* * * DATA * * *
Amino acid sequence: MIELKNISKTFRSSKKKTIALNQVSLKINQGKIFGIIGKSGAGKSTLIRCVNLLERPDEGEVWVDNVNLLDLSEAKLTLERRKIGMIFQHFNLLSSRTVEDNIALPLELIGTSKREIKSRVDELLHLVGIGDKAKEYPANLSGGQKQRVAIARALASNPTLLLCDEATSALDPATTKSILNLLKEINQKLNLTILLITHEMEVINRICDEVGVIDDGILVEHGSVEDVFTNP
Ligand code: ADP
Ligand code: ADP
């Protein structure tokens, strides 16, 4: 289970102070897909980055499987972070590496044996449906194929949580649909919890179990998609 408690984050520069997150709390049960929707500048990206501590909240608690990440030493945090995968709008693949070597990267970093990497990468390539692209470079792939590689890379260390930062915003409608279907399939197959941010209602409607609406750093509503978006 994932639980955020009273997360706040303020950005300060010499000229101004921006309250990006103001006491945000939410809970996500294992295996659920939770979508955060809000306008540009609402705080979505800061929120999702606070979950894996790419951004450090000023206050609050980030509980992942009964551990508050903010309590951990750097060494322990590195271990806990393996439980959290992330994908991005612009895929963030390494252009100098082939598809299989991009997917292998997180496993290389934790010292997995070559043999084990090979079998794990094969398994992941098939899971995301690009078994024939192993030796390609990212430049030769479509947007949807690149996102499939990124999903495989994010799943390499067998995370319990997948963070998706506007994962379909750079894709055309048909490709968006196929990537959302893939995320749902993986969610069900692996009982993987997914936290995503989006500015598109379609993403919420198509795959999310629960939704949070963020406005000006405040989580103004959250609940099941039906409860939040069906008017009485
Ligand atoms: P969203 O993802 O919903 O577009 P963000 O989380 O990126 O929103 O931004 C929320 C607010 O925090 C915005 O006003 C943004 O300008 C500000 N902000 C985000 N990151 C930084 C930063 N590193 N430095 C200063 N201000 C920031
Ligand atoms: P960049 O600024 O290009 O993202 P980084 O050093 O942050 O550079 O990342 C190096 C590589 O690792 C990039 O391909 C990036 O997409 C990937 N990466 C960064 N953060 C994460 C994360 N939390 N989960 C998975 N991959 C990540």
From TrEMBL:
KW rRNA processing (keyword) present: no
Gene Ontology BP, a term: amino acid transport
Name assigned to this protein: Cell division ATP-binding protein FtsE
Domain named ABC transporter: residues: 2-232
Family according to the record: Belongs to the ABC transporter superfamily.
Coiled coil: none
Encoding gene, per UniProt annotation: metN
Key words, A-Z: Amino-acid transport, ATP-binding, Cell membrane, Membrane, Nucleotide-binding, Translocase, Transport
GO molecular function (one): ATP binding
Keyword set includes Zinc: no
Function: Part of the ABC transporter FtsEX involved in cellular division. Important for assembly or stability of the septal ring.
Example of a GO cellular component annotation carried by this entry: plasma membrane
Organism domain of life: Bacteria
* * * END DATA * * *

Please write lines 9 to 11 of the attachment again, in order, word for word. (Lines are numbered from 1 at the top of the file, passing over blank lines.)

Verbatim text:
Gene Ontology BP, a term: amino acid transport
Name assigned to this protein: Cell division ATP-binding protein FtsE
Domain named ABC transporter: residues: 2-232